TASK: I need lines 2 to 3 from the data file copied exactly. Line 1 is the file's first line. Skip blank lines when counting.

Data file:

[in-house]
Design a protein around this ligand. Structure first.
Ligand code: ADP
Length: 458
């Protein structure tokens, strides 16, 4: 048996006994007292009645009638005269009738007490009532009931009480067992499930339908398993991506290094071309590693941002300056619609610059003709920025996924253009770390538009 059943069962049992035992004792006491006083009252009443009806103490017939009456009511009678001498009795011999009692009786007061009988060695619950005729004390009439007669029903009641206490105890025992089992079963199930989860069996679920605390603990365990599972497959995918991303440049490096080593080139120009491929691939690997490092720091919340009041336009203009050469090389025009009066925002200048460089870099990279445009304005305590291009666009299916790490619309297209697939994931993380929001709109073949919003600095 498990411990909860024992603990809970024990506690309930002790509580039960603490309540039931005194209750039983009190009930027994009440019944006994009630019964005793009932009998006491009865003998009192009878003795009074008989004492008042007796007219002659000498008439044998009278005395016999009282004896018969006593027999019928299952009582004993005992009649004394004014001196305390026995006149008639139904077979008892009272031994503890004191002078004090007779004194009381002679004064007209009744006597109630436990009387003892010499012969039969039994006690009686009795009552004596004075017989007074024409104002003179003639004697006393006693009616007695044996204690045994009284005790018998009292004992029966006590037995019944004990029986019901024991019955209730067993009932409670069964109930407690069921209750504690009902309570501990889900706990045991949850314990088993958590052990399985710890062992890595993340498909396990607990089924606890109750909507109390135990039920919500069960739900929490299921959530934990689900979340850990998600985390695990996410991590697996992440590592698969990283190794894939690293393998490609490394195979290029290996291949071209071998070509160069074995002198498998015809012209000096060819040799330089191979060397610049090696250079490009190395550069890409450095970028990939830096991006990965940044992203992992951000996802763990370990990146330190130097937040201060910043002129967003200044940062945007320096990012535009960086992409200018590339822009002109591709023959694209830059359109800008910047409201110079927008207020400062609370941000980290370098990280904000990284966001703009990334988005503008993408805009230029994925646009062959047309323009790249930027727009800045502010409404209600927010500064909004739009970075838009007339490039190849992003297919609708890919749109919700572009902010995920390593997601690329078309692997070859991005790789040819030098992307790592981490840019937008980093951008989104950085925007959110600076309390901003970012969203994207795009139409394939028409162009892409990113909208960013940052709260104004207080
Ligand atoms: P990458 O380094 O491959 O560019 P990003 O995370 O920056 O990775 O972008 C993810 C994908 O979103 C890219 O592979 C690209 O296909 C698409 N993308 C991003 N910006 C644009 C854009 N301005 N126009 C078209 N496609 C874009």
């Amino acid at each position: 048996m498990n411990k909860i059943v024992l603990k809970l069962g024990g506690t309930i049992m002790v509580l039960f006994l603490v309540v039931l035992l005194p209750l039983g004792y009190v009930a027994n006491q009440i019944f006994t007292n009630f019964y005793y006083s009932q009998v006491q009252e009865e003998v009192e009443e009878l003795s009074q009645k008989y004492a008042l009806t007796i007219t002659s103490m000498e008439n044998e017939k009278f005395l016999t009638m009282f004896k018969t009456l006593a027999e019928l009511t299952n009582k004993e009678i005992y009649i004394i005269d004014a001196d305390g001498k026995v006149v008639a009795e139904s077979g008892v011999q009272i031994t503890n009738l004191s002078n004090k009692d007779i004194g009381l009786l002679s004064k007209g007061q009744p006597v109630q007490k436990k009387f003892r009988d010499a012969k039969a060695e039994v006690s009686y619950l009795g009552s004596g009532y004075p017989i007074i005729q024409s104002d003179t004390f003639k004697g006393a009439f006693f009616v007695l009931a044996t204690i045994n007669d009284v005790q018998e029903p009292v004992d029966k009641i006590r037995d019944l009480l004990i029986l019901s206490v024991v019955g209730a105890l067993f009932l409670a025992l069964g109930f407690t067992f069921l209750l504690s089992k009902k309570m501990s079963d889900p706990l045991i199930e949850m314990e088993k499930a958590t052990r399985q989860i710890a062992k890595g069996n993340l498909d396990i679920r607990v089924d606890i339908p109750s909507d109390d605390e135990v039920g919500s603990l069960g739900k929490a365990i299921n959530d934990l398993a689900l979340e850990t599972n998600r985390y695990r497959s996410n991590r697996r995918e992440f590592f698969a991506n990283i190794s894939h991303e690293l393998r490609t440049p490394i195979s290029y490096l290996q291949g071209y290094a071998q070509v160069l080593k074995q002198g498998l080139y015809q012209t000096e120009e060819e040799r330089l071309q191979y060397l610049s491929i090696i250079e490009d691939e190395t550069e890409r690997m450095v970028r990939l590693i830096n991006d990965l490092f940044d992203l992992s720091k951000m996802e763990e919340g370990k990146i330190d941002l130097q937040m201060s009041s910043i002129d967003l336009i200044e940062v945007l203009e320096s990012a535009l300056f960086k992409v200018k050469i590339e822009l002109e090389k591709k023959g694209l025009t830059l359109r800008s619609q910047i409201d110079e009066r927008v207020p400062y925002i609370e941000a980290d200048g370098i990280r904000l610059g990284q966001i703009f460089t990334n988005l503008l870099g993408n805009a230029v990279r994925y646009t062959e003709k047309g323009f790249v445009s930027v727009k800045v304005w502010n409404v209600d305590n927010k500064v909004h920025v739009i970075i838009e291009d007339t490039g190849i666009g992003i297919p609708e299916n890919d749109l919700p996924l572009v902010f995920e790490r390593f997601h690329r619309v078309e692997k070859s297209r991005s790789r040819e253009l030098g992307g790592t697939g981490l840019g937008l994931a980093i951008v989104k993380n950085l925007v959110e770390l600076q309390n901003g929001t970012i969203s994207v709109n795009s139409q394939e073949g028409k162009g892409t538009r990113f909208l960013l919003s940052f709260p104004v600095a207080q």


Design a protein around this ligand. Structure first.
Ligand code: ADP